Property valuation winners and losers
As Sgt. Joe Friday of Dragnet fame used to say on the popular police TV show: "Just the facts, ma'am."
Well, here are some facts about how some of Worcester's elected officials fared with their new property valuations.
According to city assessor records, six of the 10 city councilors who own homes in the city saw their property assessments go down, while four saw their valuations go up.
The following are those council members whose property valuations have gone down; it includes their new assessments followed by their previous-year assessments in parenthesis:
Mayor Joseph M. Petty, $388,200 ($394,200), District 2 Councilor Philip P. Palmieri, $313,900 ($321,600), Councilor-at-Large Joseph C. O'Brien, $164,300 ($195,500), District 3 Councilor George J. Russell, $337,400 ($344,700), Councilor-at-Large Frederick C. Rushton, $297,200 ($307,600) and District 5 Councilor William J. Eddy, $210,100 ($214,900).
Those councilors whose property assessments have increased are (previous year assessments in parenthesis): Councilor-at-Large Konstantina B. Lukes, $278,800 ($268,700), District 1 Councilor Tony Economou, $399,800 ($355,100), Councilor-at-Large Kathleen M. Toomey, $194,600 ($180,600) and District 4 Councilor Sarai Rivera, $333,800 ($310,100).
Councilor-at-Large Michael J. Germain does not own a home in the city.
Other local notables who saw a decrease in their property values include City Manager Michael V. O'Brien, whose home assessment dropped from $387,100 to $380,800.
Also, Lt. Gov. Timothy P. Murray saw his home property value drop from $194,000 to $170,000, according to city assessor records.
Meanwhile, U.S. Rep. James P. McGovern, D-Worcester, saw a modest increase in the valuation of his home, from $177,000 to $178,100.
Local residential property assessments have decreased by 3.8 percent on average compared to the previous year, according to city officials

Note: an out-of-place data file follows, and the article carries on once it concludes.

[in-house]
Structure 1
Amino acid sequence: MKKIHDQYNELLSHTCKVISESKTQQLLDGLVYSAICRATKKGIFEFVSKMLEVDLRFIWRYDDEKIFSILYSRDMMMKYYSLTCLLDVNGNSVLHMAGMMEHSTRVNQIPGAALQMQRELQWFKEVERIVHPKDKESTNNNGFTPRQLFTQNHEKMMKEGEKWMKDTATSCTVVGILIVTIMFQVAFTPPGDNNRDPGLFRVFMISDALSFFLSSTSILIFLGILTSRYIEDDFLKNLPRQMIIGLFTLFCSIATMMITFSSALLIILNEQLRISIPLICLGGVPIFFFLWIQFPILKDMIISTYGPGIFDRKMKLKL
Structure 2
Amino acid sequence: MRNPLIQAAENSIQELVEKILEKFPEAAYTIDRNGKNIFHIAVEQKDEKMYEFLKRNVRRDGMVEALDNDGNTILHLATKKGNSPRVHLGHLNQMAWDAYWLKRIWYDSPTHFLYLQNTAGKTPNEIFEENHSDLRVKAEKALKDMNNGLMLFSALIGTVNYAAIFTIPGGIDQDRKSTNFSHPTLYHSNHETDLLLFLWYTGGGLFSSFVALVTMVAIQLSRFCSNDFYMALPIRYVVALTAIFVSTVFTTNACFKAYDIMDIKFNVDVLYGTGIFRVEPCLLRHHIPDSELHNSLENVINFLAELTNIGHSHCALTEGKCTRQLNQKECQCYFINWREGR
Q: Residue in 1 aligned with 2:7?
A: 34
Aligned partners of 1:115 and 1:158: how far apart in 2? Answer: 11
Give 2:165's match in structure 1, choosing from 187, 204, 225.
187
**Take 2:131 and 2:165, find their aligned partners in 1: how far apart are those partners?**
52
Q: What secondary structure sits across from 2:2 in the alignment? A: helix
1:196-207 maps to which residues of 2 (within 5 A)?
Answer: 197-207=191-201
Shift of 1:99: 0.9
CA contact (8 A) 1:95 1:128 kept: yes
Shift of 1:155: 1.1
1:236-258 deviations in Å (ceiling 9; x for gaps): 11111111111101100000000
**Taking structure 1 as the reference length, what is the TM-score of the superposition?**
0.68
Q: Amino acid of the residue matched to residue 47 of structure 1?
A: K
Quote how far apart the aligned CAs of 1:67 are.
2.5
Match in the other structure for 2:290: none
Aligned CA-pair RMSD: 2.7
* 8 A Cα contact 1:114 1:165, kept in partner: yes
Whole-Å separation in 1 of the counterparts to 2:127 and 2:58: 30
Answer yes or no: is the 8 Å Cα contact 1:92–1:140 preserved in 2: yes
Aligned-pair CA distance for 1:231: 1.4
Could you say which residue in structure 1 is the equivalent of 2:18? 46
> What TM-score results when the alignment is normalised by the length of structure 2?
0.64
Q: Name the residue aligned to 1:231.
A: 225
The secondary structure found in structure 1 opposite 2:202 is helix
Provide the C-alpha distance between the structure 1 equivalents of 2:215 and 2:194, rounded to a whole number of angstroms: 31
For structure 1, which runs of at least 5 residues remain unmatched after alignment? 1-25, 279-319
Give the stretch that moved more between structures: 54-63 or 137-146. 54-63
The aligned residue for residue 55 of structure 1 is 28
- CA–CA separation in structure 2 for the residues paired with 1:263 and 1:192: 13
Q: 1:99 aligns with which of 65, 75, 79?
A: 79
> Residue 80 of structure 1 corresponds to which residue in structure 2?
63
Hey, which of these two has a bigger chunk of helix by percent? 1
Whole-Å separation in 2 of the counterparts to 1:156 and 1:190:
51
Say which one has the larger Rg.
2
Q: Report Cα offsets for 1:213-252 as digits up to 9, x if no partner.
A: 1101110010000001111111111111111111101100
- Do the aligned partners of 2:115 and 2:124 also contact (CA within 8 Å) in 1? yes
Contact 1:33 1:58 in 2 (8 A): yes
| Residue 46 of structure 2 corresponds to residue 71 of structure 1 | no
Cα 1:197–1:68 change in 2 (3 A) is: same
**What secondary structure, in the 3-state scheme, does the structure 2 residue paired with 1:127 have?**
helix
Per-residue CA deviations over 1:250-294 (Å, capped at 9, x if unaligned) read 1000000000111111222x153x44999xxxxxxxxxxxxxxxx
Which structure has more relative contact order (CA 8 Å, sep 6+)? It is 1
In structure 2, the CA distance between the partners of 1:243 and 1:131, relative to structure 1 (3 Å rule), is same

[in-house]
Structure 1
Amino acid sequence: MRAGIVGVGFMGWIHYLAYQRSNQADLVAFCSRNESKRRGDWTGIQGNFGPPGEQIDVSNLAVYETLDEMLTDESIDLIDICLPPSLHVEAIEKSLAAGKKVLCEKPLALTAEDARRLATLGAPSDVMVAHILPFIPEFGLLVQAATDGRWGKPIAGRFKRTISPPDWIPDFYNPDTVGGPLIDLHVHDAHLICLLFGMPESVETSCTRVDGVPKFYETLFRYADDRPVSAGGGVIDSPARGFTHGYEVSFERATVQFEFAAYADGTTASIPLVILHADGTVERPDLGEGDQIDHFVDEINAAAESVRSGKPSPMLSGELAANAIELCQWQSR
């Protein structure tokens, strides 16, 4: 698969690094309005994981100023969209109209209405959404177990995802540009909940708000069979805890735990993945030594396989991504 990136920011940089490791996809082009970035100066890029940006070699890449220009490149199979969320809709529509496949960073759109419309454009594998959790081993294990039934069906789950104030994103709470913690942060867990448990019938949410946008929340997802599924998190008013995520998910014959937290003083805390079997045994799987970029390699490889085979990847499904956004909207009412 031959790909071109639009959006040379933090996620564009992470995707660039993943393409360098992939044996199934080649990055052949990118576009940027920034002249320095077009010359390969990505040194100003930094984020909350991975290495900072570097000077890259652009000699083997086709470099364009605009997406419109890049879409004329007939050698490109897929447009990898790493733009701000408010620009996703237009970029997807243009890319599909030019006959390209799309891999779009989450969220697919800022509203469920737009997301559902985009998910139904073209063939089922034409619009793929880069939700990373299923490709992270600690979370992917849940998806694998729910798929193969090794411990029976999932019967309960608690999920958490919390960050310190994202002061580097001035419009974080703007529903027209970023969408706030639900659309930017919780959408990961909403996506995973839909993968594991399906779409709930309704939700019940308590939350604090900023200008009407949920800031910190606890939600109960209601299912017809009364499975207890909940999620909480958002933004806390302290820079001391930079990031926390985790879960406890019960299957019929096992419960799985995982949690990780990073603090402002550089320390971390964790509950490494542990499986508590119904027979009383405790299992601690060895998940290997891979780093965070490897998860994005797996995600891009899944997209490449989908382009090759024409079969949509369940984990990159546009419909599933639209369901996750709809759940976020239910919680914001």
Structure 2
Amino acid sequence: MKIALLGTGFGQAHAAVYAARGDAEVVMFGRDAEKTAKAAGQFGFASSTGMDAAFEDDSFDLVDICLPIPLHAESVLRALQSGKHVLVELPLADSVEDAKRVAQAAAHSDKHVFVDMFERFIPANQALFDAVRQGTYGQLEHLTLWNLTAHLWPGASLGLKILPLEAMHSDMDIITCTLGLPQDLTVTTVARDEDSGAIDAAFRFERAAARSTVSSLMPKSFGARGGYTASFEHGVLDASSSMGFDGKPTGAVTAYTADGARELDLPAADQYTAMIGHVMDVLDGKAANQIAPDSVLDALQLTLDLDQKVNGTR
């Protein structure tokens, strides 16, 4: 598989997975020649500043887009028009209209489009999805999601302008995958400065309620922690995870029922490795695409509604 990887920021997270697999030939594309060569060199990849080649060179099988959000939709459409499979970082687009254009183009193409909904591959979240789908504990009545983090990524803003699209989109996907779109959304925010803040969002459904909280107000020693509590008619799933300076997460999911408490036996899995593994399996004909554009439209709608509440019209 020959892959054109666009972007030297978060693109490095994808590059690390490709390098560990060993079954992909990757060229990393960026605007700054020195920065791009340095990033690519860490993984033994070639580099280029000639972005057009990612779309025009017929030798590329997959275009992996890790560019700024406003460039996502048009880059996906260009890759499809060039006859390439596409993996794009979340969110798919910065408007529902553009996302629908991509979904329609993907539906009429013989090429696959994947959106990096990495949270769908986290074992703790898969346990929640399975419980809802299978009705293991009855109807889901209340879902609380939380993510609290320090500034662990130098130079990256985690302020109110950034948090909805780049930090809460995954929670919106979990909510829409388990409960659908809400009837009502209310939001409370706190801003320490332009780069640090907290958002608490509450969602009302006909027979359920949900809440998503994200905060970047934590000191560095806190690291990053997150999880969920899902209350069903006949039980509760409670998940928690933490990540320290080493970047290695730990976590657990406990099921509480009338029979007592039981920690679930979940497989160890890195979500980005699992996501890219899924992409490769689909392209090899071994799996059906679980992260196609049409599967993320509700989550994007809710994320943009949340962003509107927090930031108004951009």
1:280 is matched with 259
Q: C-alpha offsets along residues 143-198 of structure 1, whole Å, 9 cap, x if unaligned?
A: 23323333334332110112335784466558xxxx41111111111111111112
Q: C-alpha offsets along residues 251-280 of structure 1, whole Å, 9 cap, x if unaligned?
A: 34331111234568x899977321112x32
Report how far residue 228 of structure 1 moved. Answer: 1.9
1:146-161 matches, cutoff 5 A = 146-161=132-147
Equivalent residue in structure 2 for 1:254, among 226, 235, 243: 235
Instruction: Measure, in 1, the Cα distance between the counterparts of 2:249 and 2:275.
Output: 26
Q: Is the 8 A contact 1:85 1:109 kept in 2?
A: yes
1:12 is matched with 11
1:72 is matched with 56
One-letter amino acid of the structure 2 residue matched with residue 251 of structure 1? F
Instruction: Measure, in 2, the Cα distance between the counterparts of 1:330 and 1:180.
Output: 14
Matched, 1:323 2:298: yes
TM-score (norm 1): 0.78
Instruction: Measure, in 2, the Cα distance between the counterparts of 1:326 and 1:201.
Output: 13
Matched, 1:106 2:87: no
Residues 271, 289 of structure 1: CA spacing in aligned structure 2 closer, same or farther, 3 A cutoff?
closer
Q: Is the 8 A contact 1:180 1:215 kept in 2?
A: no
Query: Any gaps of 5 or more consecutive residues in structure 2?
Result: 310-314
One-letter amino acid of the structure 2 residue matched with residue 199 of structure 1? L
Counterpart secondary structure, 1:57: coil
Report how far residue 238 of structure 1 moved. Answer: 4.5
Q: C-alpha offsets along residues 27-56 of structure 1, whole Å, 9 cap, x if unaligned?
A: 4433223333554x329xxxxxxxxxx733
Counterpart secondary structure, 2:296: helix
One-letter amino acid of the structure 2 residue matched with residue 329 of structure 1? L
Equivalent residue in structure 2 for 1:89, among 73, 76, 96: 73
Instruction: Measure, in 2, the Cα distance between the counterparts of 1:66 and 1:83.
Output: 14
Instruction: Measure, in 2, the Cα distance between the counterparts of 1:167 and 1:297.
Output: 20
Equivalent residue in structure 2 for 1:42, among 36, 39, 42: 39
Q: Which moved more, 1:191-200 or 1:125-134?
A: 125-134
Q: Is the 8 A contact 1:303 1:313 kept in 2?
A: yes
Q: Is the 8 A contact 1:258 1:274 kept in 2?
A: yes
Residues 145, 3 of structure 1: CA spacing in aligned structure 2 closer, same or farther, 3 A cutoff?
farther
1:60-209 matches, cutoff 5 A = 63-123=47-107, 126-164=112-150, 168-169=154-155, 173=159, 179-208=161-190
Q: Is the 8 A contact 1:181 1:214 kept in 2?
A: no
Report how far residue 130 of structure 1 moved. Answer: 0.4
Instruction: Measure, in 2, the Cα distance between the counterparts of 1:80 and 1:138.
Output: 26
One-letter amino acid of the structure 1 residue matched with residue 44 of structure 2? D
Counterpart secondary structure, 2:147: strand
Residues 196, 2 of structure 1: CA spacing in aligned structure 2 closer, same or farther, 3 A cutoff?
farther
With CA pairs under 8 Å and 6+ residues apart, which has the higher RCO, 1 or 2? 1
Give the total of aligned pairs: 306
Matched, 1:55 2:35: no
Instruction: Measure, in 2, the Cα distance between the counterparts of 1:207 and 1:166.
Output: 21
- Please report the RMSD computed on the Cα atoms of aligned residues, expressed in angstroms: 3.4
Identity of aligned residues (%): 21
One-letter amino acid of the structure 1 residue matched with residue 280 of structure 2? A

The average valuation for single-family homes dropped by 3 percent, compared to the previous year.
Meanwhile, the average assessment for two-family/duplexes dropped by 7.2 percent; three-deckers declined by 4.15 percent; and condominiums dropped by 3 percent.
Approximately 3,664 of the 38,277 residential properties saw an increase in their assessed valuations. Much of those higher assessments are attributed to new construction, renovations and increased square footage.
Those are the facts.
Assessor under microscope
One city official who has received more scrutiny and comment than anyone else at City Hall regarding his new property assessment is none other than the city assessor himself, William J. Ford.
According to the assessor's on-line data base, the new assessment for Mr. Ford's Salisbury Street home is $620,000, an increase over the previous year's assessment of $601,000.
But that conflicts with Certificate of Municipal Liens details for the property, which indicated that the previous year's assessment for the property was $617,000.
Meanwhile, the folks at Accurate Worcester Assessments on Real Estate, who have been on top of Worcester's revaluation effort, contend the previous-year's assessment for Mr. Ford's property was $687,200, not the $601,000 listed on the assessor's data base nor the $617,000 listed on the CML.
In addition, AWARE contends that the assessment for Mr. Ford's property has dropped by some $270,000 in three years. The group says his home and property was assessed at $897,100 for fiscal year 2010, $687,200 for fiscal 2011 and the new assessment is $620,000.
That has prompted Worcester resident Steve Quist to file a complaint with the state Ethics Commission. He said he does not understand how someone's property valuation, the city assessor's no less, can go down by more than $270,000 in three years.
"The valuation of his property has gone down while it has gone up for so many other people," Mr. Quist said. "It all begs the question of who's guarding the henhouse?"
Mr. Ford could not be reached for comment.